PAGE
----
Mark Blumberg is F. Wendell Miller Professor at the University of Iowa and chair of the Department of Psychological and Brain Sciences. Over the course of his career, he has published 140 scientific articles and chapters in diverse species and on a wide variety of topics, including animal behavior, sleep, temperature regulation, sensorimotor development, instinct, animal mind, ultrasonic vocalizations, and communication. In addition to writing research articles, Blumberg has authored and edited several books on such topics as temperature regulation, instinct, and developmental anomalies.
After receiving his doctorate from the University of Chicago (with Howard Moltz) and completing his postdoctoral training at Indiana University (with Jeff Alberts), Blumberg joined the faculty at the University of Iowa in 1992. In 1997, he was honored with an APA Distinguished Scientific Early Career Award for his early research on behavioral and physiological development. In 2002, he published his first book, Body Heat: Temperature and Life on Earth, which discusses thermoregulation in humans and other animals and how it affects behavior and development. Three years later, in 2005, he published his second book, Basic Instinct: The Genesis of Behavior, which delves into the origins of so-called innate behaviors, reframing them as emerging from complex biological and environmental cascades rather than as products of hardwiring or genetic instruction. This theme is a central tenet of Developmental Systems Theory, of which Blumberg is a proponent.
In 2008, Blumberg was named the editor-in-chief of Behavioral Neuroscience, a position he held for six years. The following year, he published his third book, Freaks of Nature: What Anomalies Tell Us About Development and Evolution, through Oxford University Press. The book discusses elements of behavioral plasticity and the developing animal’s ability to adapt to the body it has, rather than the body it was “supposed” to have. Also in 2009, Blumberg co-edited, with John Freeman and Scott Robinson, The Oxford Handbook of Developmental Behavioral Neuroscience. During this time, he also served as president of the International Society for Developmental Psychobiology and was named the F. Wendell Miller Professor at the University of Iowa.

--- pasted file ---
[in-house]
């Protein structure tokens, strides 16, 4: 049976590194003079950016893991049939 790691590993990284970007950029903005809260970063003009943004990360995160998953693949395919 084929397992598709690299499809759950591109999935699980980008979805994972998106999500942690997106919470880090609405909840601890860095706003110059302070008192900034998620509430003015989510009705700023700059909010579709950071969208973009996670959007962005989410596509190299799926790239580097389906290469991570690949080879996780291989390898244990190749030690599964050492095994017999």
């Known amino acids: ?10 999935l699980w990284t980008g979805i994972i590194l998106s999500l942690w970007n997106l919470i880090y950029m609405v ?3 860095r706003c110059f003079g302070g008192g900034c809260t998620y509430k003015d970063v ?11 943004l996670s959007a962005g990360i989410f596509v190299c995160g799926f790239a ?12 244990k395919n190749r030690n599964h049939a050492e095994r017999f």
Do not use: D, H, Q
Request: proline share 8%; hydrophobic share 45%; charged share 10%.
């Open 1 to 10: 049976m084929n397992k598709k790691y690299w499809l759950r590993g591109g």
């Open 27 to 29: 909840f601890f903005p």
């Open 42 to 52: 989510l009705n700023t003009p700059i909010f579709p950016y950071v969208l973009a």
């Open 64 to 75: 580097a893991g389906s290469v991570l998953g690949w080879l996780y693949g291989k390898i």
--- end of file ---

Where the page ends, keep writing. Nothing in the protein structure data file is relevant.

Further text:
Blumberg has been continuously funded by the National Institutes of Health for over 25 years and, in 2014, received a MERIT Award for his research on sleep and its role in neural development. Since the 1990s, Blumberg has been investigating muscle twitches during REM sleep and their role in the development of the sensorimotor system. Studies from his lab show that sensory feedback from twitching limbs drive abundant information throughout the sensorimotor system, effectively teaching the brain about its particular body. Blumberg’s research on the subject was highlighted in an episode of the 2020 Netflix series, Babies.